How are Ben and Willy similar but different in their outlook on life and the "jungle"?

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MaudlinStreet eNotes educator| Certified Educator

Ben Loman is Willy's older brother, & Willy's model for success. He appears only in Willy's imagination, & always towers over his little brother, representing the dream he could never achieve. Willy claims Ben owns diamond mines in Africa, & timberland in Alaska. Whether or not this is actually true is irrelevant: Ben is the embodiment of everything Willy hoped to become.

Ben's philosophy on life can be summed up in his lines:

"William, when I walked into the jungle, I was seventeen. When I walked out I was twenty-one. And, by God, I was rich!"

His belief is simple: life is hard, so you need to be even harder. In doing so, you will gain wealth and power. For Ben, there's no question of success. Of course it had to be done, so he did it. It's that easy. Willy does agree with this notion of the "jungle", & he seems to hold Ben's ideas about how to approach life full-on. He connects Ben's remarks to the lesson he wants to teach his sons: "That's just the spirit I want to imbue them with! To walk into a jungle!" But he lacks the ability to carry through. In fact, he finds life so difficult that he contemplates, & eventually succeeds in committing suicide.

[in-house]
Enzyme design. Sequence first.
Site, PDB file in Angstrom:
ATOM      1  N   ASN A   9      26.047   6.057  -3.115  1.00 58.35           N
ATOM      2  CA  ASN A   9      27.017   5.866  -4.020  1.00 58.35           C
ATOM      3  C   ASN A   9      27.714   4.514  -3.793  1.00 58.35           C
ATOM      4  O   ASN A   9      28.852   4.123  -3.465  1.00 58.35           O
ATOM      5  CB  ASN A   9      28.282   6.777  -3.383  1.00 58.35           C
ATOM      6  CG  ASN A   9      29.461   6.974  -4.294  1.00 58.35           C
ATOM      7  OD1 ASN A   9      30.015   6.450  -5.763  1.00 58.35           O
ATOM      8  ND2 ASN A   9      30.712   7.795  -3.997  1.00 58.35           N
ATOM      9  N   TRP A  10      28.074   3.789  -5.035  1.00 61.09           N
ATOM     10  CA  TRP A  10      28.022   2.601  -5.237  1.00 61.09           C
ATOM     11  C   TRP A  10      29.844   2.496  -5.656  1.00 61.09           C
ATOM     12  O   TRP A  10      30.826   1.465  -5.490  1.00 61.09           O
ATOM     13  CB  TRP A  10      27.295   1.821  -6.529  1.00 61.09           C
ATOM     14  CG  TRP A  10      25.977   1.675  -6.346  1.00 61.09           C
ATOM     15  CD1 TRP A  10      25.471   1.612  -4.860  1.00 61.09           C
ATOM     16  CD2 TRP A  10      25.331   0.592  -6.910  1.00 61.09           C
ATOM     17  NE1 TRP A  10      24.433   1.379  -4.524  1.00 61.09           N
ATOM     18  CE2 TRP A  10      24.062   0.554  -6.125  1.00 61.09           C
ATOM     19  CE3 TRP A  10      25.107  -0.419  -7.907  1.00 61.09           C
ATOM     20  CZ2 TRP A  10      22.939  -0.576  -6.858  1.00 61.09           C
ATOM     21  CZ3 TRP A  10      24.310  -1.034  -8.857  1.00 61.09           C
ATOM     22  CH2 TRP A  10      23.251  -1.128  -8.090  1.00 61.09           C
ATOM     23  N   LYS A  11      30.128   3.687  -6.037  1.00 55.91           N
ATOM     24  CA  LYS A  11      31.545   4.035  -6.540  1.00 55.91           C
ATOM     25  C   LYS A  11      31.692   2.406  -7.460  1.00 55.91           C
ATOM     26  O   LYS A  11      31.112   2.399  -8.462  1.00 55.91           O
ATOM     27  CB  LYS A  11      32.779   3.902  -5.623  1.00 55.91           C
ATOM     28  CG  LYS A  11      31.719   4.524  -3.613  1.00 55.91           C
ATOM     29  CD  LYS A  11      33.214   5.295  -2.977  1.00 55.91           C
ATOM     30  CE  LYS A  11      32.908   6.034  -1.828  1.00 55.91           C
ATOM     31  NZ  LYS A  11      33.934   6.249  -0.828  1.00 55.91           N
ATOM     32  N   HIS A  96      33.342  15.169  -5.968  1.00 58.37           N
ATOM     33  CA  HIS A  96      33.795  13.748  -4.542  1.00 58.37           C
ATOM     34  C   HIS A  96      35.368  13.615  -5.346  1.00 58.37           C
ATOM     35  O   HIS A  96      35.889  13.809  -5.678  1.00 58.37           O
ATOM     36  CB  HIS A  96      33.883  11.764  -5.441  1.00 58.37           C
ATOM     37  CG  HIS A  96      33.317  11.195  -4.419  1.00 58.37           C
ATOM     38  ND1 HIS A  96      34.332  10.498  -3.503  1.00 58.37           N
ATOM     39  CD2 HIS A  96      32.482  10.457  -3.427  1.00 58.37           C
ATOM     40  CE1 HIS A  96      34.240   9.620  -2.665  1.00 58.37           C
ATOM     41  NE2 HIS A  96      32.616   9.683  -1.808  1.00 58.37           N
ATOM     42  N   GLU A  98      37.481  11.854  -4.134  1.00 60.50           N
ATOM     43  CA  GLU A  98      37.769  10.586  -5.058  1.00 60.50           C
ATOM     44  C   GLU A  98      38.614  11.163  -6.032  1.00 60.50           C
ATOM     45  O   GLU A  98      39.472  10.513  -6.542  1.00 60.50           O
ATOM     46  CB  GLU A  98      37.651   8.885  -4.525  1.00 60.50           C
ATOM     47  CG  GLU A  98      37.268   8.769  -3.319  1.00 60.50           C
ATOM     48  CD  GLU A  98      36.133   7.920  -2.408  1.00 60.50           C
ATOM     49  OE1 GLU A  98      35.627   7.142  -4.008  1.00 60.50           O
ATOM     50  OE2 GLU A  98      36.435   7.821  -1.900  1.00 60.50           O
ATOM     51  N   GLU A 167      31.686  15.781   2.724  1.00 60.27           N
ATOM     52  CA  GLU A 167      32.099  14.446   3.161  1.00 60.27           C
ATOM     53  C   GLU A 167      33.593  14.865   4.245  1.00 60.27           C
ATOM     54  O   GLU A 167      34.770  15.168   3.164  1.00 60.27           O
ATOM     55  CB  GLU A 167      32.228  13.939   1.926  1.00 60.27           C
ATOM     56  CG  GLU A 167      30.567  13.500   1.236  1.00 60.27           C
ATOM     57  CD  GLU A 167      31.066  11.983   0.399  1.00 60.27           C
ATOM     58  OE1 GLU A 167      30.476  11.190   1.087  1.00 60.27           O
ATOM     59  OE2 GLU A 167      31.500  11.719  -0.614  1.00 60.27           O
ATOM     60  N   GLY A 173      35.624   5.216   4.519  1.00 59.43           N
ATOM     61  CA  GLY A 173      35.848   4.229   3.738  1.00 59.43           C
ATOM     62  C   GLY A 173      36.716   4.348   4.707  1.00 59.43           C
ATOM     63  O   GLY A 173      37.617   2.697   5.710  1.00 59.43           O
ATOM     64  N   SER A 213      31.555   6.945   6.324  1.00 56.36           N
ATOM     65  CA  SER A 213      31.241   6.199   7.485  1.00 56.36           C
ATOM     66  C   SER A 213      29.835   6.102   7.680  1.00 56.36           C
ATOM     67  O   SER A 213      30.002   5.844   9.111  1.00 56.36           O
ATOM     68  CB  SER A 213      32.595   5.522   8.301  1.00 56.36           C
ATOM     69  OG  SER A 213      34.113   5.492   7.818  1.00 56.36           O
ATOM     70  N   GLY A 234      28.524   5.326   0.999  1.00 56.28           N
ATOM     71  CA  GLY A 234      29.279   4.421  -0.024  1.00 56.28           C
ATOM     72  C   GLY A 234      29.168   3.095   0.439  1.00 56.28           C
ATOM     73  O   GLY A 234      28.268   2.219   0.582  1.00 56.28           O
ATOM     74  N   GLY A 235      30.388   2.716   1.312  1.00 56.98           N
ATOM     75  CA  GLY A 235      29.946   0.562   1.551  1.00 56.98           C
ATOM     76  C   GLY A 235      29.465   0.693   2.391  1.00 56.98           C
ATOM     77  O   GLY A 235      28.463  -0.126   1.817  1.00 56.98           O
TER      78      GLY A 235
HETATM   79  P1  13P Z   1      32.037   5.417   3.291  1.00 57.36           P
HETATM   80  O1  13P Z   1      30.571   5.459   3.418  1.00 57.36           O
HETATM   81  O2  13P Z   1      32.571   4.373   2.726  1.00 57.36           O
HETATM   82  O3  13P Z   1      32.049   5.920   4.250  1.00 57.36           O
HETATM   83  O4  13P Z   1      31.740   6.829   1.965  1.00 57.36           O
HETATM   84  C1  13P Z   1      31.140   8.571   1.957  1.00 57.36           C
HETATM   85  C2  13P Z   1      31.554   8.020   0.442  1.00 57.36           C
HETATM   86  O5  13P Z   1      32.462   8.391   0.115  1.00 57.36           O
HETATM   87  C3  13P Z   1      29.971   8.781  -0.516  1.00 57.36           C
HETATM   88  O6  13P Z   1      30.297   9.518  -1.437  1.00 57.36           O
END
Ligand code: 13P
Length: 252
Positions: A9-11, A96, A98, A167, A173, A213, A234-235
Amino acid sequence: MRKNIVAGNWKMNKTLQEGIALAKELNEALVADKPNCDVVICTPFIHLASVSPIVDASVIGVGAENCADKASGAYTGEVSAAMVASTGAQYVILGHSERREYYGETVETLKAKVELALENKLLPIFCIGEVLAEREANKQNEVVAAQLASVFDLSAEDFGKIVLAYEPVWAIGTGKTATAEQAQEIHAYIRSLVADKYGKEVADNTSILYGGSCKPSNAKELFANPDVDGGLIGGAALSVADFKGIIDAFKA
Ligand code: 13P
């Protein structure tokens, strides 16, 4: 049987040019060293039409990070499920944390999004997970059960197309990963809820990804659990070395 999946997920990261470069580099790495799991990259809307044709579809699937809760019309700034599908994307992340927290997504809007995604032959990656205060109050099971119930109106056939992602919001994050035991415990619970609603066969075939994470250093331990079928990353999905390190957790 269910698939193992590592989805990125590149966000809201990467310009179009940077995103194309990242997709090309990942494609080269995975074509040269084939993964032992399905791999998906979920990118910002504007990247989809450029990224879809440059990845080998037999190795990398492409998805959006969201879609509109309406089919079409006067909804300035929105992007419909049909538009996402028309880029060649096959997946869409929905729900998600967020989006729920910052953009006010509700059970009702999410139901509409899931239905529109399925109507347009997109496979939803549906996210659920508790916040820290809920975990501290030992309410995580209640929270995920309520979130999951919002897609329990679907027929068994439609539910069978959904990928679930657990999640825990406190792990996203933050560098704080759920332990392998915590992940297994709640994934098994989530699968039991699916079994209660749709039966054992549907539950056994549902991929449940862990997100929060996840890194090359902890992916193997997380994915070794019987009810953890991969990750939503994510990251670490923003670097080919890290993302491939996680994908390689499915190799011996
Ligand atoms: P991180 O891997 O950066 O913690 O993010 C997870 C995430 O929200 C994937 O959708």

This is where their beliefs differ. In another imaginary conversation, Ben tells Willy that suicide is a "cowardly thing." Willy responds:

"Why? Does it take more guts to stand here the rest of my life ringing up a zero? ... And twenty thousand—that is something one can feel with the hand, it is there."

Thus, Willy thinks it's OK to give in when you know you're beat. For Ben, such a notion doesn't exist, because he's never beat.

Read the study guide:
Death of a Salesman

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